Tuesday, 25 March 2014

IDA - A Polish Film (2013)

Poland in 1962; outside, in shades of grey, a convent is set in a bleak and snowy winter landscape.  Inside it is Ida, a novice nun, who has lived there all her life; a place where no talking is allowed and the only sound at mealtimes is the muffled clatter of spoons on soup plates.

She is about to take her vows, but the Mother Superior calls her to her room to tell her that she has an aunt that she has never known about and who has never answered letters from the convent inviting her to see her niece.  Since she is her only family, the Mother Superior tells her to go and see her before she finally commits herself to Jesus.

Ida’s aunt Wanda (Agata Kulesza) is a judge who has fallen out of favour with her superiors and takes solace in alcohol, cigarettes and casual sex.  She gives Ida a frosty welcome and she is sent on her way, but before she has caught her bus, Wanda has a change of heart, finds her, and takes her back to her flat to tell her more about her mother.  Together they embark on a journey into their past in rural Poland and the events and encounters on the way affect both their lives.

In this film Pawel Pawlikowski has co-written and directed a quiet gem, a masterpiece of subtlety and understatement, where even the most surprising events in the narrative are almost thrown away or hidden from view. Unlike recent Oscar winners he has admirably resisted the obvious temptation to sensationalize and dwell graphically on dramatic events and their emotional consequences. 

I will resist the impulse to tell you more of the story and I urge you to see it yourself.

I have only a couple of criticisms, which might have improved the film still further.  Most importantly Ida, played by Agata Trzebuchowska, shows almost no emotion throughout. I think that this was probably imposed on her by the director and, whilst it is consistent with the style of the film and with her repressed life in the convent, it doesn’t help to explain her choices near the end of the story. Some small indications of emotional volatility here and there, as the film unfolds, would work better later. Sorry to be so guarded about that aspect of the narrative but you will understand that I can’t say more.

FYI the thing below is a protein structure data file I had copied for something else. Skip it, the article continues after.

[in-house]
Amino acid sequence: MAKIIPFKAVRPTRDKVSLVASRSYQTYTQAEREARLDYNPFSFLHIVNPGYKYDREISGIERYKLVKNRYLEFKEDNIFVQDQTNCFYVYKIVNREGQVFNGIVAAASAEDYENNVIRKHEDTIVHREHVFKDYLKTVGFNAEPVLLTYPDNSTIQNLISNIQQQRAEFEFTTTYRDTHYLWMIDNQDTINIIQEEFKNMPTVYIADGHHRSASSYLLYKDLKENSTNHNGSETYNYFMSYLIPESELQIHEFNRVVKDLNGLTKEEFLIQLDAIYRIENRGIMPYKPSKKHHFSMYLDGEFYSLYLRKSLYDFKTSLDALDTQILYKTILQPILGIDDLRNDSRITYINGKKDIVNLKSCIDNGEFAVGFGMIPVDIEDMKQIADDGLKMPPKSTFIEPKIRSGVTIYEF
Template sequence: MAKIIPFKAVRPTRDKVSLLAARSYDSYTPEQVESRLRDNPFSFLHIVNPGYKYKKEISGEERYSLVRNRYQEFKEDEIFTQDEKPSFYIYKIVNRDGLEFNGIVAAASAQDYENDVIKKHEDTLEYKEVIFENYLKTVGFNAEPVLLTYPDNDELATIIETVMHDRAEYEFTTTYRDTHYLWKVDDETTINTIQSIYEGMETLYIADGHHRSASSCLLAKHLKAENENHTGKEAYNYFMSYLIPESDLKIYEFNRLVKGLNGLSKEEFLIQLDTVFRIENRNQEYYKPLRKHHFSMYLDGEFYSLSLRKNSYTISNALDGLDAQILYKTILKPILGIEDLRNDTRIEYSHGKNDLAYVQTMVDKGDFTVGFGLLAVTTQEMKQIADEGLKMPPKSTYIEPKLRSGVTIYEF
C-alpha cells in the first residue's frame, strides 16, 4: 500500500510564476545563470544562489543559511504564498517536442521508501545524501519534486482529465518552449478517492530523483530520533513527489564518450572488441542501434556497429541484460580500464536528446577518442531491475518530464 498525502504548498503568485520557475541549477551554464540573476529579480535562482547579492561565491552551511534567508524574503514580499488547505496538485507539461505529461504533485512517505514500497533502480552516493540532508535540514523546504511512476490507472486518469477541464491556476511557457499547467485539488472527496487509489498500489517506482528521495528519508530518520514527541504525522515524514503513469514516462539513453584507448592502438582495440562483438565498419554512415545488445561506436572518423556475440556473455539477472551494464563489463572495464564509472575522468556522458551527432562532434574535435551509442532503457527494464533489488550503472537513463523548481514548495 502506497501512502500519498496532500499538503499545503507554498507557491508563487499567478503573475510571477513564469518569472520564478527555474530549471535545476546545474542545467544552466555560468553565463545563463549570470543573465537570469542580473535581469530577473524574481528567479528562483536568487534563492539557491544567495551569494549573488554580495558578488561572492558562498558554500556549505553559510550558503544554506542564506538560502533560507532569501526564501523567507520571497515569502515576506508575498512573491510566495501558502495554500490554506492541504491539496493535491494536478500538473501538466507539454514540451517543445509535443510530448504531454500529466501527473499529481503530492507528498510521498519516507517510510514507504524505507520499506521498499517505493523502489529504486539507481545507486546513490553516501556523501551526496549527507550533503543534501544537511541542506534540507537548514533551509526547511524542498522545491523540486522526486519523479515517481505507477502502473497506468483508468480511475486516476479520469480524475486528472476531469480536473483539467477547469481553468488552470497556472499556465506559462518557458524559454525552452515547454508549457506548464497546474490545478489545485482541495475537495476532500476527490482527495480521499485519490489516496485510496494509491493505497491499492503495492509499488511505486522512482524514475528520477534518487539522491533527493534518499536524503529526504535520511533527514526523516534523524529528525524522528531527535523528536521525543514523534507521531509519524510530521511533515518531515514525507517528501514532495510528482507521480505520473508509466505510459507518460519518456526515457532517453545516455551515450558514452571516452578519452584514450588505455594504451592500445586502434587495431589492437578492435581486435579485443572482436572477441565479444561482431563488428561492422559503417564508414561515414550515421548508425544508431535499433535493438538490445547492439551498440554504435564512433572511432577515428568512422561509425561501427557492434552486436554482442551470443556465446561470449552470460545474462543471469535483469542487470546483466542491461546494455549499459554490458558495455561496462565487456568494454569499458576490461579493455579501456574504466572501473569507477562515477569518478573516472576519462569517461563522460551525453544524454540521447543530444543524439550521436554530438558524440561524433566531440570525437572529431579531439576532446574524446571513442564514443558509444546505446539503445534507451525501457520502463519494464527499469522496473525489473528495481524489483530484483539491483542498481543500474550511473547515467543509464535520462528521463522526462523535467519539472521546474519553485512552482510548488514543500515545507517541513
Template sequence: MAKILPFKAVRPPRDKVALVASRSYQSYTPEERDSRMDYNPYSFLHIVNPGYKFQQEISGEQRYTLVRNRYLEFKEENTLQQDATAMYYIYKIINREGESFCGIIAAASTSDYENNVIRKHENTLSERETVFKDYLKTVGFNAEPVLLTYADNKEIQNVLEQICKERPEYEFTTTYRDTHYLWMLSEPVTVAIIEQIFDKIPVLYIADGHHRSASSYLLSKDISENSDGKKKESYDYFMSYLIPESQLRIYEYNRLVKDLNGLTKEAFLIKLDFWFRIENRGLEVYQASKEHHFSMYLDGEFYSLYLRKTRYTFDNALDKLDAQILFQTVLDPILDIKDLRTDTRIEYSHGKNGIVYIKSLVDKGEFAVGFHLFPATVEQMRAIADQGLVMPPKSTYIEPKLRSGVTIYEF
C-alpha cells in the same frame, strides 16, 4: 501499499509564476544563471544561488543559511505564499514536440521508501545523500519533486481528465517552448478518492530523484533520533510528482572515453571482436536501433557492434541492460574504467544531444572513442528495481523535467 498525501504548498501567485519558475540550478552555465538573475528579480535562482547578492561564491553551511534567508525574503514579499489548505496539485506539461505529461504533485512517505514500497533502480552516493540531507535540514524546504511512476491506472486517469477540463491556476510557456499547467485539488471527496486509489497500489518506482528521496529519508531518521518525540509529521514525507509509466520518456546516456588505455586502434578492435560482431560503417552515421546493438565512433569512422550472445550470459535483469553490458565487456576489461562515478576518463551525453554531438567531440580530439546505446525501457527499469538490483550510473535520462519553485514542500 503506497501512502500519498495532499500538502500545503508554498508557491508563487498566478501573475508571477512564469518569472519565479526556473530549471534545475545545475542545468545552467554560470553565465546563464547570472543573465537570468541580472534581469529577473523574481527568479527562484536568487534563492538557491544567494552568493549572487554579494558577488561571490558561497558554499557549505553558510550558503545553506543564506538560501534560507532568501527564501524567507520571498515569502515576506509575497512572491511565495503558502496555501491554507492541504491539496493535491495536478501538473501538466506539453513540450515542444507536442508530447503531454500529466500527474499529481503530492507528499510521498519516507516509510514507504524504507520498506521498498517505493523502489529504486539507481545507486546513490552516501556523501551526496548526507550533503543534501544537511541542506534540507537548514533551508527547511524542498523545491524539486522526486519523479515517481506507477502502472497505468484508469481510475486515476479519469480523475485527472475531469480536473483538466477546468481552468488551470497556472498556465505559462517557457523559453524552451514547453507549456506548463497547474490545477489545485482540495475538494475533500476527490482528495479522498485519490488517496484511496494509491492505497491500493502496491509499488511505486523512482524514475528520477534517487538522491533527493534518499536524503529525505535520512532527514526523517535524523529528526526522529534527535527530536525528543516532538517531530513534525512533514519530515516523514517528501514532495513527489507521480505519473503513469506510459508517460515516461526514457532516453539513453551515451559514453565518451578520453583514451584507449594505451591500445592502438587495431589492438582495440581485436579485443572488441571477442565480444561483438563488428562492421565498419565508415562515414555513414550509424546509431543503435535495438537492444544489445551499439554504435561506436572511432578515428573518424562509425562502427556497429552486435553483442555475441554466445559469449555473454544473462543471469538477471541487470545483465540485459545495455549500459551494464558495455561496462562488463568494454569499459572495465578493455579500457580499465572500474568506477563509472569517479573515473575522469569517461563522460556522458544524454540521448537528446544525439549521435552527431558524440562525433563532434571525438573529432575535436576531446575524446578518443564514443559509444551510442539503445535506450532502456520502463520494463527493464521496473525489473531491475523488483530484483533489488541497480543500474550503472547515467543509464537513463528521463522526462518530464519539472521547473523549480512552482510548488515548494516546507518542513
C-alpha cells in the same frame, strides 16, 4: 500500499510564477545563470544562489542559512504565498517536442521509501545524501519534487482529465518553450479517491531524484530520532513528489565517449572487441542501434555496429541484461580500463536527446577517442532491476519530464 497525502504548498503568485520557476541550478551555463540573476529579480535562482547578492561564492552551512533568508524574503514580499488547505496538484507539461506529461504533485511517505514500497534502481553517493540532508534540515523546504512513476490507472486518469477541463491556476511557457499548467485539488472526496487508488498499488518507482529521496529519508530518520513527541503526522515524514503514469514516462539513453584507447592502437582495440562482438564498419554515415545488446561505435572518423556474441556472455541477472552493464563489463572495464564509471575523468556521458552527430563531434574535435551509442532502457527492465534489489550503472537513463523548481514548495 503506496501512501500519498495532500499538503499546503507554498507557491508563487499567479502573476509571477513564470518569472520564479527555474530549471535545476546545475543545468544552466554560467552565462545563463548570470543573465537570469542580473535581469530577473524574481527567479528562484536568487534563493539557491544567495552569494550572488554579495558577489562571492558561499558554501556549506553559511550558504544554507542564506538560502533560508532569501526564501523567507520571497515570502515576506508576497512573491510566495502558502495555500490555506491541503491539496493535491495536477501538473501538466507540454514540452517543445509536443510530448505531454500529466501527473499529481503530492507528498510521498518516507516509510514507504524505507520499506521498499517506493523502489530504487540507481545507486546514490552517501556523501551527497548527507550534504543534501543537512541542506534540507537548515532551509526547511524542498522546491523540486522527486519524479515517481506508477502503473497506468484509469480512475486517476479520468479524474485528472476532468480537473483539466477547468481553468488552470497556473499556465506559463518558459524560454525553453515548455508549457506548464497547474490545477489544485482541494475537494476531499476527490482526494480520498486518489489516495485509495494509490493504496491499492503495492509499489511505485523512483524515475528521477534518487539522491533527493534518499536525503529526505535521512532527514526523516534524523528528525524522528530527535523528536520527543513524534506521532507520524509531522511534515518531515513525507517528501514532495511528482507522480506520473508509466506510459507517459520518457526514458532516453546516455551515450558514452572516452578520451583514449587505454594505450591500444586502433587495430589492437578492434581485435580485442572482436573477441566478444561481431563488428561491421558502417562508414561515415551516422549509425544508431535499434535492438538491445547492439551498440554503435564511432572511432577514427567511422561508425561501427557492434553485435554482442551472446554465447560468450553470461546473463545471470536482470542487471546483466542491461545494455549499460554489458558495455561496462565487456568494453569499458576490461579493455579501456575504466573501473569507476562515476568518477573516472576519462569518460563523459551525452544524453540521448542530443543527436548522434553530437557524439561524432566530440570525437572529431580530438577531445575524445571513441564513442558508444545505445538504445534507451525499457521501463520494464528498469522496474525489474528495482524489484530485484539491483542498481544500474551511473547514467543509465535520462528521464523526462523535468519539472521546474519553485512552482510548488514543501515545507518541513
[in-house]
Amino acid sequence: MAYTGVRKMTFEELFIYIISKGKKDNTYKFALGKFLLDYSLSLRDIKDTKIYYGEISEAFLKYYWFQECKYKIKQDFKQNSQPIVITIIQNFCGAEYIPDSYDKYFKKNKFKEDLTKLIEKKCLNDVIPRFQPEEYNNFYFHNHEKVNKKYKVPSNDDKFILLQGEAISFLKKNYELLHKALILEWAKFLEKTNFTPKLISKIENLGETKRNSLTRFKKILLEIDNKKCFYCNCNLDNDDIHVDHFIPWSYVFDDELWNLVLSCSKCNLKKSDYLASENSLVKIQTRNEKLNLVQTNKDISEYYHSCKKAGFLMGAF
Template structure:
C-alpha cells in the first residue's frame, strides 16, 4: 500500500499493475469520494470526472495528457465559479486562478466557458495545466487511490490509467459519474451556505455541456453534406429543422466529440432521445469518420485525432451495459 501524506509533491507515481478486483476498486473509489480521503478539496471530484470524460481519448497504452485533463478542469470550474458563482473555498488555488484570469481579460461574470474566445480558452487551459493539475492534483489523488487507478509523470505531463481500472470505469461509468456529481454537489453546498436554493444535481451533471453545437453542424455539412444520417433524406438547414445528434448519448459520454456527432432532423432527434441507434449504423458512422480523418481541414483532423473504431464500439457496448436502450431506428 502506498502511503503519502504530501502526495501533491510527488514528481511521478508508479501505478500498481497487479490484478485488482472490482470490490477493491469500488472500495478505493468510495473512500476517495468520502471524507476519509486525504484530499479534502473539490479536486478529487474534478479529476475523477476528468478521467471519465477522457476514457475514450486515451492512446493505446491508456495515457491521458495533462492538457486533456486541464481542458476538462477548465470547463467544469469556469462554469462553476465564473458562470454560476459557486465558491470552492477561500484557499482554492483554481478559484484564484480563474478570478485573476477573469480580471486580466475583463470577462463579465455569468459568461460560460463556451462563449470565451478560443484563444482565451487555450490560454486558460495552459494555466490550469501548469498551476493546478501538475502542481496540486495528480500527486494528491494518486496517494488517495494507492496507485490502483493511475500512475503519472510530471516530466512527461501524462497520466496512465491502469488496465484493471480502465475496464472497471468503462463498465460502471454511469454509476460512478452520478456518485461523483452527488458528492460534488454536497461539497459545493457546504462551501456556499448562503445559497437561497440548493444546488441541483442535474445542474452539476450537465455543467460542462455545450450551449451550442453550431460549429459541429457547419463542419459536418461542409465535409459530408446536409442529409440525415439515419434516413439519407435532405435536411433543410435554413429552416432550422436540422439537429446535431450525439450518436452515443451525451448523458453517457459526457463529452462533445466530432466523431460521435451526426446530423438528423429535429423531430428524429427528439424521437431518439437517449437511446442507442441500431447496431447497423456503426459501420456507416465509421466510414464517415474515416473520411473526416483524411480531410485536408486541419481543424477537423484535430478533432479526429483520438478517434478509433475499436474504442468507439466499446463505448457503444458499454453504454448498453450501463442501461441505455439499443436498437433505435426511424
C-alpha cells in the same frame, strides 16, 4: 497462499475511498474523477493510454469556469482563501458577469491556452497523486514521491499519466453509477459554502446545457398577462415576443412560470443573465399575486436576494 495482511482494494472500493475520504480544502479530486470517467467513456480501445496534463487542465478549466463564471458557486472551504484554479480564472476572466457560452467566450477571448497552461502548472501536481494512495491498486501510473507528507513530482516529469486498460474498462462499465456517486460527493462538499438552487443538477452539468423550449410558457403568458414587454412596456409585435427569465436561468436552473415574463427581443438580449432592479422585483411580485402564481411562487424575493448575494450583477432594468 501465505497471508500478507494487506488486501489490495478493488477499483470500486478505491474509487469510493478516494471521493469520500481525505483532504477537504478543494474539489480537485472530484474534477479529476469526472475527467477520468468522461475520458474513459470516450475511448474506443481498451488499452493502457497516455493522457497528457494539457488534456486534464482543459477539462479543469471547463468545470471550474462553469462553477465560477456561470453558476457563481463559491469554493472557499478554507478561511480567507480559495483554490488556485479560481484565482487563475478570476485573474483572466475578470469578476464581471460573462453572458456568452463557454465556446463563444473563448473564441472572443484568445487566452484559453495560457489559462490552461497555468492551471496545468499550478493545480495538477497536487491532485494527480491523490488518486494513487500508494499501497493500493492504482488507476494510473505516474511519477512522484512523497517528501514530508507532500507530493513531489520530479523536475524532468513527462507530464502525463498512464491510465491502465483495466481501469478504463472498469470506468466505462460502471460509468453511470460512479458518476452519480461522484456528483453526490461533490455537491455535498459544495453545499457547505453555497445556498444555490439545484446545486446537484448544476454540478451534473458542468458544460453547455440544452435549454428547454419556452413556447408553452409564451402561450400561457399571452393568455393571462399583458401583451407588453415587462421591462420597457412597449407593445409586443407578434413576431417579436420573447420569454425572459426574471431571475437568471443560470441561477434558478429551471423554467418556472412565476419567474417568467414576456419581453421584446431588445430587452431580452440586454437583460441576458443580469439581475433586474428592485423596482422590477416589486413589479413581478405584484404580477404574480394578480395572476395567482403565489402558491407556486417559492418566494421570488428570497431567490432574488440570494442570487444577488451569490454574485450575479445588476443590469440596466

Something else also distracted me. We take it for granted that anyone can travel around confidently and catch buses but if you have spent all your life in a convent it’s not so obvious. Perhaps a brief verbal or visual reference to Ida outside the convent travelling to a nearby town would have helped.  It’s a much less important point, however, and I can understand why the director didn’t deal with it.

If the film, visually, is in shades of grey, the music chosen for the soundtrack is certainly not. One of the characters plays the saxophone and we are treated to superbly played jazz pieces written by the likes of Coltrane. Joanna Kulig also sings Polish pop songs of the period with professional confidence.

Ida is Pawlikowski’s first film in Polish. It has been a worthy winner of several international film festival awards and is in the best traditions of European films. If you like European cinema don’t miss it. I saw it in Polish with subtitles. Full details are here.


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